Flores contends the trial court erred in allowing hearsay testimony over his objection. As an appellate court, we review the trial court's decision to admit or exclude evidence under an abuse of discretion standard. Green v. State, 934 S.W.2d 92, 101-02 (Tex.Crim.App.1996); Montgomery v. State, 810 S.W.2d 372, 379-80 (Tex.Crim.App.1990) (op. on reh'g). A reviewing court should not reverse a ruling which was within the “zone of reasonable disagreement.” Green, 934 S.W.2d at 101-02.
The State called Jay's sister, Gayla. On direct examination, Gayla testified to a conversation she had had with Detective Kristina Woodruff.
Q. Do you remember talking to [Woodruff] after [Jay] died?
Q. You don't remember talking to her and telling her what you saw and what happened?
Q. Gayla, did you tell [Woodruff] that when [Flores] hurt [Jay] he said, na-na na-na na-na, your momma is not home?
Q. Have you ever heard him say that?
Q. You have heard [Flores] say that?
Q. When did [Flores] say that?
Q. Sunday, the day that he hit him?
Flores did not object to Gayla's testimony. Later the State called Woodruff and asked the following:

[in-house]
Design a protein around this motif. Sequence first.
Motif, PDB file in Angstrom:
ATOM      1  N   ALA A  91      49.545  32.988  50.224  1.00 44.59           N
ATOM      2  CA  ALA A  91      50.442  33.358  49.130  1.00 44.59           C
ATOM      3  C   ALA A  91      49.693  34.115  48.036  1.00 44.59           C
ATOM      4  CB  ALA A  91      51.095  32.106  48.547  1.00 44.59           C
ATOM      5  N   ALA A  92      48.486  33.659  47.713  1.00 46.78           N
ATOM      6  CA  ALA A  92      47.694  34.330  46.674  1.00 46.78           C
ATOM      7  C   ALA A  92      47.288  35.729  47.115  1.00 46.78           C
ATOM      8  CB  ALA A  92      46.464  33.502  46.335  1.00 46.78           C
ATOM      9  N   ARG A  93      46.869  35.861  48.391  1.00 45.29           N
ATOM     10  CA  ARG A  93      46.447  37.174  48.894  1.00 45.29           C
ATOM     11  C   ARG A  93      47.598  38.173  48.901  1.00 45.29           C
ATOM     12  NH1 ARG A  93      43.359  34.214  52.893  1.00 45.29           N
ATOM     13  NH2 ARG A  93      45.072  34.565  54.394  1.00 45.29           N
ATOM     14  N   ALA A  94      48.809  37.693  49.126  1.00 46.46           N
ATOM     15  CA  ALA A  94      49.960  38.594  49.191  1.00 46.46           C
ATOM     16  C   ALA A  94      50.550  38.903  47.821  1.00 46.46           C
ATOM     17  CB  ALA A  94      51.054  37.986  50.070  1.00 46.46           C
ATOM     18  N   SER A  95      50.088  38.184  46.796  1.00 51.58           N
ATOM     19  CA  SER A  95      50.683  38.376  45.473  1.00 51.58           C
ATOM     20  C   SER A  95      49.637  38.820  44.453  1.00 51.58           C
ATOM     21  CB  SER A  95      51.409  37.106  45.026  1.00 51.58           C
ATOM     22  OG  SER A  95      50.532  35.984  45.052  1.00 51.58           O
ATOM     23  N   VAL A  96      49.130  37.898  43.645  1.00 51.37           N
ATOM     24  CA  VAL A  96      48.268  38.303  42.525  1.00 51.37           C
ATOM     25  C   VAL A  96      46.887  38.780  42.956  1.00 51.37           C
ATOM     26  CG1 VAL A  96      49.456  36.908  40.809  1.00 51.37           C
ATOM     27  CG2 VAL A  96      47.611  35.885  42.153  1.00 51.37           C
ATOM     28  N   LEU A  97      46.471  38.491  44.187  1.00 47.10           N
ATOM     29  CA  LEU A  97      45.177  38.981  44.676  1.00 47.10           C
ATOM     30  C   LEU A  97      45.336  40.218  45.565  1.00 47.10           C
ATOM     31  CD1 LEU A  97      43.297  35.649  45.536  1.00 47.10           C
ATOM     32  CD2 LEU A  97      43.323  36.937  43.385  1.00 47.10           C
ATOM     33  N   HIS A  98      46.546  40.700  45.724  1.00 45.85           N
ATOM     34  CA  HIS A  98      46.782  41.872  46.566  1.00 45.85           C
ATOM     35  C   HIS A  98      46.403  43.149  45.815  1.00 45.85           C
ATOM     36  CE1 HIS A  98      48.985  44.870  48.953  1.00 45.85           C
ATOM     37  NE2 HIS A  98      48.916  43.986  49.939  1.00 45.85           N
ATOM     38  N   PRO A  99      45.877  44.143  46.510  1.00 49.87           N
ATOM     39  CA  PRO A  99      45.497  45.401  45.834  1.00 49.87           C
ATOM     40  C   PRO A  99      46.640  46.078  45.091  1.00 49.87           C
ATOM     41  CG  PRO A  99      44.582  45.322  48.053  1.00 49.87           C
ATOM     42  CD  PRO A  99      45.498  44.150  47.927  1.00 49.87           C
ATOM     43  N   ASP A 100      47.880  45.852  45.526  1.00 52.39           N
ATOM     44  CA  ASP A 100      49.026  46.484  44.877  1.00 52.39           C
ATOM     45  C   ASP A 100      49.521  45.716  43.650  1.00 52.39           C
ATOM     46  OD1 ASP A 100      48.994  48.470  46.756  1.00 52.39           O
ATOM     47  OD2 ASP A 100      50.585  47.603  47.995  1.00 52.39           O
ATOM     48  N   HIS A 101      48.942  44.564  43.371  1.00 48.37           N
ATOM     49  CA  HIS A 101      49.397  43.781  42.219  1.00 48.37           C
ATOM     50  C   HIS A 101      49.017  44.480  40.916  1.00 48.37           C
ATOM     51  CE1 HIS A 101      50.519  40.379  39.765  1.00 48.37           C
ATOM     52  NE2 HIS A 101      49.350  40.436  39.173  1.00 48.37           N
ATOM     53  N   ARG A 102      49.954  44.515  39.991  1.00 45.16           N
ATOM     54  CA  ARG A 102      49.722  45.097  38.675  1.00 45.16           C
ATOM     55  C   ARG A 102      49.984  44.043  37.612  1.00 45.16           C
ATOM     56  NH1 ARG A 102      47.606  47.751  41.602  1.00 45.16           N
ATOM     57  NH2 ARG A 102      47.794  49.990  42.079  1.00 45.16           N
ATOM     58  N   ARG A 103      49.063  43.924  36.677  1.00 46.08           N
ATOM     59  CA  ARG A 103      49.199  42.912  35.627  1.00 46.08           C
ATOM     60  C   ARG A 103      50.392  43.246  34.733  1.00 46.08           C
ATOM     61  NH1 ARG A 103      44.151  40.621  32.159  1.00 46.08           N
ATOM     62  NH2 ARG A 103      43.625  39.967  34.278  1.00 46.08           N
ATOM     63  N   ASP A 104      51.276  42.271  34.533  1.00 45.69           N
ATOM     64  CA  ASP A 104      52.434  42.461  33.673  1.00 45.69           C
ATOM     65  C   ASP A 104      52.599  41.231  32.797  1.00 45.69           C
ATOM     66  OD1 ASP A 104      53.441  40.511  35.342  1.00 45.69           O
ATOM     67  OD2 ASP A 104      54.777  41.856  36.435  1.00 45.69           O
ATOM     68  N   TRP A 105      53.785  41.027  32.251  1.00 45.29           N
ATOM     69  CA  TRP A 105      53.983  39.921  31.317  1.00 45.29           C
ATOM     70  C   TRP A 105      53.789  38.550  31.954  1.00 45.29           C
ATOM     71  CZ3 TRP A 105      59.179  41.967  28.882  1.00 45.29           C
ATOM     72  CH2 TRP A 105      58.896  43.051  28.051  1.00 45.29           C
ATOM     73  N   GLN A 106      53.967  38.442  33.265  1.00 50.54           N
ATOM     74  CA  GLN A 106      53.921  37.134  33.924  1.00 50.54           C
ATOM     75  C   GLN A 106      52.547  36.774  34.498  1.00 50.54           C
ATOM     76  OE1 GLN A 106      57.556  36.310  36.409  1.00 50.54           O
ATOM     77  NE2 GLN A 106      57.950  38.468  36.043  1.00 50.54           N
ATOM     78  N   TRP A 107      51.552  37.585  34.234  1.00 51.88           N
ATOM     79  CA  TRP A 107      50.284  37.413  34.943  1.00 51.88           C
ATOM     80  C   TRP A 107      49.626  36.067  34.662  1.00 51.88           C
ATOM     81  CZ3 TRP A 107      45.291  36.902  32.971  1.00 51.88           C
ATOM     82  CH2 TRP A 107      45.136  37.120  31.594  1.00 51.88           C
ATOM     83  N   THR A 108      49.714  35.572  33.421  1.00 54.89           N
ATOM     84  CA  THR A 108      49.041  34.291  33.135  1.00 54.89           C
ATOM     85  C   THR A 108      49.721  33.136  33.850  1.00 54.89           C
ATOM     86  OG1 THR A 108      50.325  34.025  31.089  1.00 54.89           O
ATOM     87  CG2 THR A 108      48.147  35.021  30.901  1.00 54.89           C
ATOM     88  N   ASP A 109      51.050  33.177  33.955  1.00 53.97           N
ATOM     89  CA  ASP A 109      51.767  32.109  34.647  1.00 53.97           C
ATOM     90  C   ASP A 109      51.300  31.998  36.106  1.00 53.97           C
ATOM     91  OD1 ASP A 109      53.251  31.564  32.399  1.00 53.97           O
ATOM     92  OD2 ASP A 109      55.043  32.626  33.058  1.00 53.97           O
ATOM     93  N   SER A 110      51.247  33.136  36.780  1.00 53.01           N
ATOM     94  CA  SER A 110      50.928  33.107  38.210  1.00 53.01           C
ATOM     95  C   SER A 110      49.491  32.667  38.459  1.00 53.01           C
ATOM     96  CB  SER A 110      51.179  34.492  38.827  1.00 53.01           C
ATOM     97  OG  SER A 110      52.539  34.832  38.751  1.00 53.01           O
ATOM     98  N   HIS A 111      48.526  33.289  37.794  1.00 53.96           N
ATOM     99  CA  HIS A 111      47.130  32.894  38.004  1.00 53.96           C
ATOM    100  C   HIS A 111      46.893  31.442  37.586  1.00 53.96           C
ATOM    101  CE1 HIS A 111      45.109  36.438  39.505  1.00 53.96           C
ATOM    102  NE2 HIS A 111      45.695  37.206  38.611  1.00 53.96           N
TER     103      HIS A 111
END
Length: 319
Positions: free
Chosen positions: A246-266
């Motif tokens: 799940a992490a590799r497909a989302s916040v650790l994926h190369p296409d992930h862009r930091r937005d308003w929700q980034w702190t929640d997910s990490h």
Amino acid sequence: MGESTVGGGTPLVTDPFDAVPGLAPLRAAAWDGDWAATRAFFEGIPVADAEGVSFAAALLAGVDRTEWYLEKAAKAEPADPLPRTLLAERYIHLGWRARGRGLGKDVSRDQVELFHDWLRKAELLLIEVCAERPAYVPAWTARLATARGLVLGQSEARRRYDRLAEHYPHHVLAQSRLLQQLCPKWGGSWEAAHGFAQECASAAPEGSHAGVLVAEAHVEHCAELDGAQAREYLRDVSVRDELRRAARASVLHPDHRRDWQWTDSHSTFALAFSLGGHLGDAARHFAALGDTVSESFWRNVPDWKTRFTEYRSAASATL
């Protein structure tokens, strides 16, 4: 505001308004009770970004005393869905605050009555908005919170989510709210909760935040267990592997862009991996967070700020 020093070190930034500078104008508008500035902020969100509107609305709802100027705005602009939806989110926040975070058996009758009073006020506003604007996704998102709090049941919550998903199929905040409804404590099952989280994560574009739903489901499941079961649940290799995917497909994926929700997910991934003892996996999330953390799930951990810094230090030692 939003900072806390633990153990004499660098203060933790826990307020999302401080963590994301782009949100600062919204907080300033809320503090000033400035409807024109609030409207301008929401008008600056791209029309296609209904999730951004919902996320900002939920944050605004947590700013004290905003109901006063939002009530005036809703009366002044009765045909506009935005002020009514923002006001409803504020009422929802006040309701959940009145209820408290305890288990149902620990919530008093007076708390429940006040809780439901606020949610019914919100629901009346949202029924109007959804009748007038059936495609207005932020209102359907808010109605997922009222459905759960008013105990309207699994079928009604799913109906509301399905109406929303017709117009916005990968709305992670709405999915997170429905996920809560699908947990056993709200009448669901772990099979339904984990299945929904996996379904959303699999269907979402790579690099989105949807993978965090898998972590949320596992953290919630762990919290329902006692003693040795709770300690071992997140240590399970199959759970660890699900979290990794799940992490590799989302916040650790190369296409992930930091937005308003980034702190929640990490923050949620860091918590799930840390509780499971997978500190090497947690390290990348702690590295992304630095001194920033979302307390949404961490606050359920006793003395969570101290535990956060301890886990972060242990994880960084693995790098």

STATE: Specifically, did [Gayla] tell you anything along the lines of “na-na-na-na-na-na, your momma isn't here”, at the time that she says Fernando Flores was hitting him, “[Jay].”
DEFENSE: Object to any hearsay.
STATE: Judge, this is a prior inconsistent statement that the child has made. We are offering it for that purpose.
DEFENSE: I don't believe it is appropriate to set your witness up and knock them down and impeach your own witness.
STATE: Judge, I think that rule has been amended. The voucher rule is no longer in effect. I believe that even the party calling a witness can now impeach them under the rules of evidence.
COURT: Overrule the objection.
STATE: Did she, in fact, tell you that?
WITNESS: Yes. She would sing that song. She sang it several times. Then she indicated to me that he was singing this song as he was striking [Jay] in the stomach.